I’ve been publishing Abernathy for more than two years now, and in that time I’ve met a number of publishers looking to make a similar difference in the world. One of the challenges that I see new publishers grappling with is how adjustments are made, especially related to how publications make money. I can certainly relate, and I’ve got an evolving revenue model to prove it.
But one of the things I did before launching that continues to benefit the publication and how it’s received was deciding at the outset what it was, what it wasn’t, and what it stood for. We decided, for example, that we were selling sponsorship and impact rather than subscribers and page views. This informs the kind of articles we publish and the data we’re happy to share with sponsors. I’ve left a lot of money on the table by not writing listicles and selling ads, but I’ve gained so much more in the process.
Having a point of view and exploring event production has changed the nature of the conversation with sponsors. Not just because there are new offerings to sponsor, but also because of the conversations with attendees and subscribers about the ongoing journey that I’m privy to as a result. Yes, it’s helpful to know how black folks consume media and that we have a trillion-dollar buying power, but what’s invaluable is understanding the worldview of the black software engineer who feels like giving up every day because of his company’s culture.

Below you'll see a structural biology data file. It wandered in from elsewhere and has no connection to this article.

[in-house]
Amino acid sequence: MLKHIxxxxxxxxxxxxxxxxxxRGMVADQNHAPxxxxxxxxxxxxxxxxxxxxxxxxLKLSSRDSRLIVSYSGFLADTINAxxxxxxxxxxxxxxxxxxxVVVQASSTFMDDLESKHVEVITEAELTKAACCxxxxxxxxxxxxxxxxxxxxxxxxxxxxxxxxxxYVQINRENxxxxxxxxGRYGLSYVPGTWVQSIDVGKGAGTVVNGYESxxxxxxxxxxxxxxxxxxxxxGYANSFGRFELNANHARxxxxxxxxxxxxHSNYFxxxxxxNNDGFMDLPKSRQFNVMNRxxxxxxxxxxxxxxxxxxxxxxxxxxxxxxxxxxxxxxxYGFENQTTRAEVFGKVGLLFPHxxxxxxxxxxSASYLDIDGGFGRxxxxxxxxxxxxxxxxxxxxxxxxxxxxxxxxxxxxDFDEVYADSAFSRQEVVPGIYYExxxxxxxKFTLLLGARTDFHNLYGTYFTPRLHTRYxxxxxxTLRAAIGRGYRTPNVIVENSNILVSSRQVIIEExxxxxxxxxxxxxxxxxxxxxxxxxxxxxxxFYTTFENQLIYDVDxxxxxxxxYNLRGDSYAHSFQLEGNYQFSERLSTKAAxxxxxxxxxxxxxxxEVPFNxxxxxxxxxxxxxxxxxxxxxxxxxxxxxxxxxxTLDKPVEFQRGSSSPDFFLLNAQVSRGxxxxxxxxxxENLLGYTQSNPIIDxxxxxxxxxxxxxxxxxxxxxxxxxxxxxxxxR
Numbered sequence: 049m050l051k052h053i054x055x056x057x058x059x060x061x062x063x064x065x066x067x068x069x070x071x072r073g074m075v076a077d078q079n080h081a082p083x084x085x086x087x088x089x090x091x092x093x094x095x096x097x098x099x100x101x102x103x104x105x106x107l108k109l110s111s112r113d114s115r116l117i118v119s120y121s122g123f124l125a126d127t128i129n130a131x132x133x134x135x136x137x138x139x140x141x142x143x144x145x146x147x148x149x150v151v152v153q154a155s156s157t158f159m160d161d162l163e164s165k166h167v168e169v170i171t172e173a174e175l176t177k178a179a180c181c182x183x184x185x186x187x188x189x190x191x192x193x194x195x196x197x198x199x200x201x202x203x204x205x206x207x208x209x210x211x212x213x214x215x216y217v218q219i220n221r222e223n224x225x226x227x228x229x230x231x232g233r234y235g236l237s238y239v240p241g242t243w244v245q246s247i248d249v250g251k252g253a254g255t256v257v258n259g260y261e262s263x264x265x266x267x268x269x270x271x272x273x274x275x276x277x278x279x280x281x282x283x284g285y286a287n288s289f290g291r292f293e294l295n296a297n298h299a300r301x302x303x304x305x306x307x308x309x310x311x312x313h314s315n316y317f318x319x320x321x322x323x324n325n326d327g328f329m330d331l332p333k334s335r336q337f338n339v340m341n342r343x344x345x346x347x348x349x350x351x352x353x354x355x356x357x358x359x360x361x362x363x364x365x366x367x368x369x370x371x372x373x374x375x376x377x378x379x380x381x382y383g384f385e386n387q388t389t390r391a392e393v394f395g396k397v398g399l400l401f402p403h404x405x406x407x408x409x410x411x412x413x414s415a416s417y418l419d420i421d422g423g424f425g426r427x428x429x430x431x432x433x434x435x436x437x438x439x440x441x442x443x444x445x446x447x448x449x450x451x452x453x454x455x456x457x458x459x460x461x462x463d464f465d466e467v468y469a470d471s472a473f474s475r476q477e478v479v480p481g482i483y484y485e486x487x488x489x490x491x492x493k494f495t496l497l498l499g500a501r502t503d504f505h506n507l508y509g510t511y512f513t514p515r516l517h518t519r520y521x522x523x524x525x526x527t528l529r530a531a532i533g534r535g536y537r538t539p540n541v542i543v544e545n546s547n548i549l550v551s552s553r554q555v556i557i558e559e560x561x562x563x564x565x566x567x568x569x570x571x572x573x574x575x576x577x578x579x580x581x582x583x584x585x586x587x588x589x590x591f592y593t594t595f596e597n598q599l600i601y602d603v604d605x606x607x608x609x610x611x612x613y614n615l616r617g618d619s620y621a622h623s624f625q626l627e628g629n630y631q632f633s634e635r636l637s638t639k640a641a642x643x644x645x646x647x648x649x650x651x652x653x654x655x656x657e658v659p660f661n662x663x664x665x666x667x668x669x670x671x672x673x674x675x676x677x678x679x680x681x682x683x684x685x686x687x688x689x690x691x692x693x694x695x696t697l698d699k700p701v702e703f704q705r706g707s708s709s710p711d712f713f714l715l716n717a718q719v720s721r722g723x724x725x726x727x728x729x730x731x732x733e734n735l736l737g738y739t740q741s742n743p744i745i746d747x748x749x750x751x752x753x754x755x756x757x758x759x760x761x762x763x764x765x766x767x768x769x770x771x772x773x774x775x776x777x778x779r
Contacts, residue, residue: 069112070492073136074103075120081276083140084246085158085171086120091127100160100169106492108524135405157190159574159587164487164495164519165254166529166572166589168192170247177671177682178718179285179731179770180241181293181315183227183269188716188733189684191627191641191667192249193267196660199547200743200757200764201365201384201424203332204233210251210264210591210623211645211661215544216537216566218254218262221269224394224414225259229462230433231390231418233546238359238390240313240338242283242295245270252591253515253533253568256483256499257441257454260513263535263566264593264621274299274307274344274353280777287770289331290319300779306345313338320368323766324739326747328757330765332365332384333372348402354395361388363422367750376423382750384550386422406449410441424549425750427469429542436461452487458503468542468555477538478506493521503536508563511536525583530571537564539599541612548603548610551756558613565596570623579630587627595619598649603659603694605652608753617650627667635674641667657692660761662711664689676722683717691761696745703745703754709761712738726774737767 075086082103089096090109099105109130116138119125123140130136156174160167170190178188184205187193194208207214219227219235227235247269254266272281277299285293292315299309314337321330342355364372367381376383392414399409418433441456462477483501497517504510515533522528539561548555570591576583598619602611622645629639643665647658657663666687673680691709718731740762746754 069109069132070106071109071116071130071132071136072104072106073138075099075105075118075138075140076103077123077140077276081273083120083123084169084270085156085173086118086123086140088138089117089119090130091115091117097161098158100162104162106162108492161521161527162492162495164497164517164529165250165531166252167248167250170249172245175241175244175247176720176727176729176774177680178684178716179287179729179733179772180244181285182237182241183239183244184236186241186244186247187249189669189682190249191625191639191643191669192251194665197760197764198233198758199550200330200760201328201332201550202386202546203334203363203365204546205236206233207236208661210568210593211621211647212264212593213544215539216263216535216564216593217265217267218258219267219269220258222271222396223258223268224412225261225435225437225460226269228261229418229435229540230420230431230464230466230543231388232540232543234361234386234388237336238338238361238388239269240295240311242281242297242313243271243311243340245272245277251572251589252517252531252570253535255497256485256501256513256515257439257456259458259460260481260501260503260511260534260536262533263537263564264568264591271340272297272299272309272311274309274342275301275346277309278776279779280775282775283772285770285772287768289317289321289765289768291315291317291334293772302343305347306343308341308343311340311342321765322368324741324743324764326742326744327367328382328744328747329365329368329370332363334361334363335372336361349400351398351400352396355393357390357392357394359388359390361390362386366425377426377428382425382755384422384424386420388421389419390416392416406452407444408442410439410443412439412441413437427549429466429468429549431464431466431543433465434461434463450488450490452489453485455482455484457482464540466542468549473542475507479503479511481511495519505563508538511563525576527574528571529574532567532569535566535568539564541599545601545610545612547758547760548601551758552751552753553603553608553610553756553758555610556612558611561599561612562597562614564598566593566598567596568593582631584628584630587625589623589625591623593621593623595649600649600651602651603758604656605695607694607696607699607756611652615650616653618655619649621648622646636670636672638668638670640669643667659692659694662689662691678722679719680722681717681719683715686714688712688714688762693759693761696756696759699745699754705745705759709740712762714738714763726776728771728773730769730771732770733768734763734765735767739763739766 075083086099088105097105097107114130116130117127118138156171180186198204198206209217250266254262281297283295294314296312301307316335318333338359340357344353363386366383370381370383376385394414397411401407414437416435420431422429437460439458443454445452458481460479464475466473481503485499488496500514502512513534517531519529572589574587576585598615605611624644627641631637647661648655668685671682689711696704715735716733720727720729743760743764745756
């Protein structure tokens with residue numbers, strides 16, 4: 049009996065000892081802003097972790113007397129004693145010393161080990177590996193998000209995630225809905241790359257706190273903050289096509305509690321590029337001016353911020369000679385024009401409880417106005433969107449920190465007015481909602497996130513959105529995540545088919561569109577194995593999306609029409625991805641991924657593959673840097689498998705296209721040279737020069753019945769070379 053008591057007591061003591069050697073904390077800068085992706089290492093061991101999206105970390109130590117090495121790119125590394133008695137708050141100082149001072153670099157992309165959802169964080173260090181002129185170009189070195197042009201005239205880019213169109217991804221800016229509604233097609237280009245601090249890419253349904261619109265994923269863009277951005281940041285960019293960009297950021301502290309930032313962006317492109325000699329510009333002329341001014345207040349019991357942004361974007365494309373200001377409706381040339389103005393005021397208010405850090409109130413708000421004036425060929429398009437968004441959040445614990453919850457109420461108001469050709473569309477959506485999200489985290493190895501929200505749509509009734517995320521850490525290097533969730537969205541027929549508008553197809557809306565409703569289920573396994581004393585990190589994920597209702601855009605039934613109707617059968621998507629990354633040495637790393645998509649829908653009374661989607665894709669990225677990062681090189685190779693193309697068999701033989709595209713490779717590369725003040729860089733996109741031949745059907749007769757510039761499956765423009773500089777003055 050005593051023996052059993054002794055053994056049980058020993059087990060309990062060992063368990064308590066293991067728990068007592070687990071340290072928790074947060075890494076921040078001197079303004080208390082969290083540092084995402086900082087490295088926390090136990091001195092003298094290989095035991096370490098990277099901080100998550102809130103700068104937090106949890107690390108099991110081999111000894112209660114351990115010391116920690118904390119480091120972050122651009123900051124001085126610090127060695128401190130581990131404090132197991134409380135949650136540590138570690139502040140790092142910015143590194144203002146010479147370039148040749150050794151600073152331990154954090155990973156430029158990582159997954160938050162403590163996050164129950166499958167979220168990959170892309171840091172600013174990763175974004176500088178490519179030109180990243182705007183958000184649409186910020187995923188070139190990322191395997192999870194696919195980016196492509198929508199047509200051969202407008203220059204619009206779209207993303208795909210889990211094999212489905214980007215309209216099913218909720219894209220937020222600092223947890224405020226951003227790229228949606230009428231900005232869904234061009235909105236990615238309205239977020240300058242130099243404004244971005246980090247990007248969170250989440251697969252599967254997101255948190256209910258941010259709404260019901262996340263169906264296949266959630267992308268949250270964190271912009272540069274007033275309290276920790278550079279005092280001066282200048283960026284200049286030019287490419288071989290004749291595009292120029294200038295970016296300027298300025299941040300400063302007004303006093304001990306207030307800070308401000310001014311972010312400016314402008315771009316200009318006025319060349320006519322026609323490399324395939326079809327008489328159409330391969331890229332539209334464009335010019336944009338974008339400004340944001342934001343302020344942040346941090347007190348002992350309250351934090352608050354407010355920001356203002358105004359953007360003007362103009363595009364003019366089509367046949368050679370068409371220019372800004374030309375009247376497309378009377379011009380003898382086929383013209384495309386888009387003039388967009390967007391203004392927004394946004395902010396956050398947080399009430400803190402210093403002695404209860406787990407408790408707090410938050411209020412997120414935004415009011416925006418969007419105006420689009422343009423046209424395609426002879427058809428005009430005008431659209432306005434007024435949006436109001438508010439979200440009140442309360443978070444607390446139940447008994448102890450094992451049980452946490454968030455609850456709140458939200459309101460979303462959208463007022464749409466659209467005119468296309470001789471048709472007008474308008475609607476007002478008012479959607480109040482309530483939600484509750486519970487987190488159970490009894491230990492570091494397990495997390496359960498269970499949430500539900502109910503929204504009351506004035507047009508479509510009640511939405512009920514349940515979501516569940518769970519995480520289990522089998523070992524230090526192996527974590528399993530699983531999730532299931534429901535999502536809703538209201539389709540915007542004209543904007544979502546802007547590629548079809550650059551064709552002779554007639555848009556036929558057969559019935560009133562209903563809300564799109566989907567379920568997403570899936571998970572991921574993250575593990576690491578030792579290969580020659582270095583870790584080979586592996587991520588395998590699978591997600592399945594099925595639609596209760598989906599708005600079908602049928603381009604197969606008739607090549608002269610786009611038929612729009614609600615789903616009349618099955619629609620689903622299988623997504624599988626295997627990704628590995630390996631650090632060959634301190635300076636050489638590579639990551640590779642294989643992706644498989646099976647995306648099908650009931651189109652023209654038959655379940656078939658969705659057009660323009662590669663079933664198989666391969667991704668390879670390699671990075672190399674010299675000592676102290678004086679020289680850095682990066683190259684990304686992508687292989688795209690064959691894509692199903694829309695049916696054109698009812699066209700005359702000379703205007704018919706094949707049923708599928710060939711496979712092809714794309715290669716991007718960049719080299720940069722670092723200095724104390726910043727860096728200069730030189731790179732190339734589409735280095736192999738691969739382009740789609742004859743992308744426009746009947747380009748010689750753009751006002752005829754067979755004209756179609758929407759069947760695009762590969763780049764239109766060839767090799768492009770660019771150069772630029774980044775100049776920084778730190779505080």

He’ll share things with me that his HR team wouldn’t think to ask, and I can create editorial and offerings and events that address those needs. The macro—strengthening and expanding the pipeline of underrepresented folks working in tech—is informed by the micro. Producing hyper-targeted events and crafting experiential workshops is exponentially easier with a lens into the nature of the challenge we’re up against.